As a I was studying John 15 and preparing for this post, I kept coming back to the notion of positively impacting others. I think the apostle John would consider positively impacting others to be part of what Jesus refers to as “bearing fruit”. We positively impact others when we encourage them, pray for them, love them, and point them to Jesus.
A little more than half of John chapter 15 is focused on Jesus as the vine, his followers as the branches, and God as the gardener. Just like any other gardner, God’s objective is for his crops to produce much fruit, as this brings him glory (verse 8).
Depending on the type of fruit, vines (or trees) are its life source. If you cut fruit off from the life source, it dies. In the same way, we as followers of Jesus Christ will not bear fruit if we are cut off from Jesus, our life source. How do we do stay connected to him? We read his word, talk to him, seek counsel from and connection with other Christfollowers.
Remain in me, as I also remain in you. No branch can bear fruit by itself; it must remain in the vine. Neither can you bear fruit unless you remain in me. I am the vine; you are the branches. If you remain in me and I in you, you will bear much fruit; apart from me you can do nothing” (John 15:4-5).
If I want to live out my core value of positively impacting those around me, the recipe is pretty simple. I must stay close to Jesus Christ and let him guide my paths. A life apart from him yields nothing.
Every year we go to Florida. We have spent every Christmas and every Spring Break with my family for as long a I can remember. Our group has grown by marriage and babies over the last 25 years and we currently boast a whopping 18 members. There are so many memories. In the early days we would walk through the doors with dirty, tired babies. Gabo and Papa would whisk them off for a bath while we sat and ate the food they had waiting for us. We would spend the first days thawing by the pool from our Illinois winter while they cared for those babies and gave us a break from the diapering, napping, and feeding. We could leave our troubles behind for a few days and relax. It’s one of those places that my kids talk about often. They talk about the sounds that come from the kitchen in the morning. Muffled voices and the clanking of coffee cups. It makes them smile to know everyone is together. Sometimes they stop and say, “it smells like the condo” or “it smells like the beach” and they close their eyes and go to a happy place in their mind.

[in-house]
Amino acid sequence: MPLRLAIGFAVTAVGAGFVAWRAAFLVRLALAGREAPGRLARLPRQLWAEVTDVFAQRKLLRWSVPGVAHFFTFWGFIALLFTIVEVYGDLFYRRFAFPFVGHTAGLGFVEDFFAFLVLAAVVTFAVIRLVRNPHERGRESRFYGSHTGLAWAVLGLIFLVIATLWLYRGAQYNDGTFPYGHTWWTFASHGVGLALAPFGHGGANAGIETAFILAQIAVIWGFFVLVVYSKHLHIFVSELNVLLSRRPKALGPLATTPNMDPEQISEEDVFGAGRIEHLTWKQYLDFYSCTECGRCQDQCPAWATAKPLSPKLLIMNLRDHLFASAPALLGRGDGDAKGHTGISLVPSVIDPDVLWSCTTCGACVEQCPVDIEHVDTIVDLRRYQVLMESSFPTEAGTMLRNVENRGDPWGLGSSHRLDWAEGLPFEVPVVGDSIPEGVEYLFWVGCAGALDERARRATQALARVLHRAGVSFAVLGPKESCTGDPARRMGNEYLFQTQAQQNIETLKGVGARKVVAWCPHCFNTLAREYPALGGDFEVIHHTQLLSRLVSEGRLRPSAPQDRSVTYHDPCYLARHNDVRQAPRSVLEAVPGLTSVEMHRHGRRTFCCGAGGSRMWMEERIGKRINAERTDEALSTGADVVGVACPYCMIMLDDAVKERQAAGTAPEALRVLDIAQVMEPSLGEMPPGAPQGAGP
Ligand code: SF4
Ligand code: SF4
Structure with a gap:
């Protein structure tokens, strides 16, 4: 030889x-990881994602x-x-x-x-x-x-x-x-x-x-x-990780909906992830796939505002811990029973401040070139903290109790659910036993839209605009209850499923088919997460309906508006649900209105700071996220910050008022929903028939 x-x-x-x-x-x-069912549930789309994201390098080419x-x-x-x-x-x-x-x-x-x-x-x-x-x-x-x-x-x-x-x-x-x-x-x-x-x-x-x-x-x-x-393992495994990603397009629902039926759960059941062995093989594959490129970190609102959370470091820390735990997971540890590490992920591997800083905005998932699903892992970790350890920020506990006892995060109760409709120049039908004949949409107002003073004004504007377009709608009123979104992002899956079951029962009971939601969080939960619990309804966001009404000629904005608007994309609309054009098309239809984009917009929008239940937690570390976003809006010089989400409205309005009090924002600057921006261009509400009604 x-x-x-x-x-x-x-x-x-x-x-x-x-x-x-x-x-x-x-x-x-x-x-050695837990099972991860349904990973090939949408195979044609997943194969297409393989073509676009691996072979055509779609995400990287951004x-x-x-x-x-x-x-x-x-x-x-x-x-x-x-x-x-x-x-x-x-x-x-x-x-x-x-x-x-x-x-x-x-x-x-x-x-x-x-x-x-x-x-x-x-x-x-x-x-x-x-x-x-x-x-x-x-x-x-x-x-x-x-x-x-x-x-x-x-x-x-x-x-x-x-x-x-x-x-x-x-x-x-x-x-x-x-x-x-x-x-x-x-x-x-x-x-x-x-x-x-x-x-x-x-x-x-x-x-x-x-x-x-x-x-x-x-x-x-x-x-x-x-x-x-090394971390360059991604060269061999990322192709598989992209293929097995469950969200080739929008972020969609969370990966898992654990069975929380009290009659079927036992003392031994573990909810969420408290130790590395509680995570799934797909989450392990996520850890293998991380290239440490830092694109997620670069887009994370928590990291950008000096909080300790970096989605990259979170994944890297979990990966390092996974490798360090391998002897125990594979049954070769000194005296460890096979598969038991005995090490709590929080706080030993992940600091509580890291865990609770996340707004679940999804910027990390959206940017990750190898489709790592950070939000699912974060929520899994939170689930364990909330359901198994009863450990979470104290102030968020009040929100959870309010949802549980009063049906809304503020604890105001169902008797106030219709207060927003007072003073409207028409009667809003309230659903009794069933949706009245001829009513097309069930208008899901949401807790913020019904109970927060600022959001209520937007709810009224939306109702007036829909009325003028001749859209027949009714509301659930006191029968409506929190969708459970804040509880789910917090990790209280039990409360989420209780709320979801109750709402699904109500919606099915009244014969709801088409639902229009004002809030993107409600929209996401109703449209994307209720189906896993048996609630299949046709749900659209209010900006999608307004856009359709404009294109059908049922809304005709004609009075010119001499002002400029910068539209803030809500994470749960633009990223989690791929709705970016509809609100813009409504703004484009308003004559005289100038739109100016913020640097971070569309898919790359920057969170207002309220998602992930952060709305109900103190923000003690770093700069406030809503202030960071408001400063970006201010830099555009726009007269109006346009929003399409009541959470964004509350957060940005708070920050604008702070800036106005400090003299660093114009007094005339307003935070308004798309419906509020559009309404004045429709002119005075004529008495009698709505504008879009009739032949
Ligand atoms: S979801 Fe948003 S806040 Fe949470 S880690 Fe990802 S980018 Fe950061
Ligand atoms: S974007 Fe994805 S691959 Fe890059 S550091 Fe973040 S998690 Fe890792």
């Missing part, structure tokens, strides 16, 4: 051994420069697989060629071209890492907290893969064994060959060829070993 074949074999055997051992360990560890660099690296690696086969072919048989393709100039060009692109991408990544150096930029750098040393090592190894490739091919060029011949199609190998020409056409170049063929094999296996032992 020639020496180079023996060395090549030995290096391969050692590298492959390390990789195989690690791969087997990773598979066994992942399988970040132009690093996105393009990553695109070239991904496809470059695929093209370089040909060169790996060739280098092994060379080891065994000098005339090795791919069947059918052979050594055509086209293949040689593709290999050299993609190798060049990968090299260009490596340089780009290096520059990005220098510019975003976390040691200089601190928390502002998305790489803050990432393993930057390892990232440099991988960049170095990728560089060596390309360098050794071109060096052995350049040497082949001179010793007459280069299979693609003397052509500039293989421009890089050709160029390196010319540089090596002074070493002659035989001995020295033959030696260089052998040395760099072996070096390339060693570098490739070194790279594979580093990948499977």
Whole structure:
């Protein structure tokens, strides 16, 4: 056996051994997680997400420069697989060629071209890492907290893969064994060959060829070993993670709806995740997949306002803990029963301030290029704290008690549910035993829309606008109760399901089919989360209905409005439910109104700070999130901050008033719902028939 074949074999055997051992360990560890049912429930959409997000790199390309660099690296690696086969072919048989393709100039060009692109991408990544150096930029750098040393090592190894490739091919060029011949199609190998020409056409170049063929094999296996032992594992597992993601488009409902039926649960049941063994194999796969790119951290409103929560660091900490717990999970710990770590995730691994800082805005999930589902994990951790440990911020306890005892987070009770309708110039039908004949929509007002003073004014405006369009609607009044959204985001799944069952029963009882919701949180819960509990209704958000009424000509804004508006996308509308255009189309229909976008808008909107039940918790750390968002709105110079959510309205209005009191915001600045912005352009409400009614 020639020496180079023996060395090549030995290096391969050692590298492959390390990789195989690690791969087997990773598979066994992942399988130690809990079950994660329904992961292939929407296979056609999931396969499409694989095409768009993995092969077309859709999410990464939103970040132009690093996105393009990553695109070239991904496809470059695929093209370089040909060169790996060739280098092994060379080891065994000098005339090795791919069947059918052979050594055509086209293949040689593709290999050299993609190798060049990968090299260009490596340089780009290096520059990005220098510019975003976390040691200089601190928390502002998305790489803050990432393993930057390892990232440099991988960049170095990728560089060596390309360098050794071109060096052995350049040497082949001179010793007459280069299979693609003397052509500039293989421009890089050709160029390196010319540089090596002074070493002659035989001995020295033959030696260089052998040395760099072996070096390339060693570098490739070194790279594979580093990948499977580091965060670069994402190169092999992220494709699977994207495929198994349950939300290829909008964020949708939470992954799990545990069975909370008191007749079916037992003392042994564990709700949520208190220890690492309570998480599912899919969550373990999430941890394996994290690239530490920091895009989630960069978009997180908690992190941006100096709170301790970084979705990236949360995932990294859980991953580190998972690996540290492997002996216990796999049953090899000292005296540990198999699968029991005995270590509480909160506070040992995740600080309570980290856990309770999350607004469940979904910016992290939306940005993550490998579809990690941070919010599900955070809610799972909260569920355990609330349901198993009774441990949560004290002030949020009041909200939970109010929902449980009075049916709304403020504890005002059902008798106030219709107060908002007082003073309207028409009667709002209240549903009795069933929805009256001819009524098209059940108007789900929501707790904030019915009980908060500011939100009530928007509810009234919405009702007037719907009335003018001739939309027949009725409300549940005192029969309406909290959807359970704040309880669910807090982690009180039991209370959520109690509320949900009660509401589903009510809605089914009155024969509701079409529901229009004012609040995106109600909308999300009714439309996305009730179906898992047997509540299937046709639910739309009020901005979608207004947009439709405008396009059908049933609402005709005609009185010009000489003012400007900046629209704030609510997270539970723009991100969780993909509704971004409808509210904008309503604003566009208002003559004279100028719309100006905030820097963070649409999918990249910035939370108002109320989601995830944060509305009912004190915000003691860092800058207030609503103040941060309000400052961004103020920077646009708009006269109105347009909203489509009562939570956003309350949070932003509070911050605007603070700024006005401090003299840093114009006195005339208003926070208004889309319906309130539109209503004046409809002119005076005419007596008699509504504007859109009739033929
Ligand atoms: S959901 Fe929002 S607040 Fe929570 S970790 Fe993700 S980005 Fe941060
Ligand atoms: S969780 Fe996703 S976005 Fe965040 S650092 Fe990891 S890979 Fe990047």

Over the years, the dynamics have changed with older kids but there is the one constant that remains – my parents preparation for us. They head down to Florida after Thanksgiving and they get ready for us to come to them. My Dad is always planning boat trips or special time with the kids while my mom is cleaning, planning special dinners, and preparing for Christmas. They make it so easy for us to show up and relax because they have taken care of all the details. We pack very little and know that there is shampoo and soap ready for us. My kids even know where Papa keeps his extra toothbrushes when we arrive without any. The bedrooms are immaculate, the sheets are crisp and clean, and the bathrooms are sparkly and fresh. We arrive tired and cold and are met with sunshine and open arms. Our troubles fade for about 10-14 days.
After returning home refreshed, our life quickly returns to “normal”. School, sports, work, church. Looking back on our time with my parents, I always marvel at the way they prepare for us. They spend so much time thinking of us and getting things ready because they want us to be with them. They love us. What an amazing feeling – to be loved and cared for! I realize this is just a glimpse of how God prepares for us. Out of His love for us, He has prepared a place for us, with Him, in eternity. If I get excited about fresh sheets and clean bathrooms, I cannot begin to imagine the things God has prepared in eternity for me. In John 14, Jesus is preparing the disciples for his departure. He is encouraging them not to despair, because He is preparing a place for them. There is a place for each of us and He promises to come back for us.
John 14:1 “Don’t be troubled. You trust in God, now trust in me. There are many rooms in my Father’s home, and I am going to prepare a place for you. If this were not so, I would tell you plainly. When everything is ready, I will come and get you, so that you will always be with me where I am. And you know where I am going and how to get there”.
We have hope beyond the things of this world!
Today’s Reading: John 13
As we continue through John, Lynden shared with us the assurance of God’s glory in the midst of everything going on. I pray you were able to hear that yesterday.
Today, as we read chapter 13 John has so many different topics we can focus reflect on. There’s betrayal, denial, and the humble act of foot washing. This is where I landed today. The other day as I was sitting at hockey practice for my son, subtle tears came to my eyes as I thought, “What would it look like if I knew I was going to die tomorrow? Would I even think to serve others or just myself? “ Would I still be consumed with trying to keep our students and staff at school as many days as possible during this pandemic? Would I continue to run my kids to their practice? Would I call family and friends or try to cross one more thing off the bucket list? Maybe I would just hang close to my wife and read books to my daughter until she falls asleep? I wipe my eyes and reflected on Jesus the Thursday night of Passover and ultimately his death.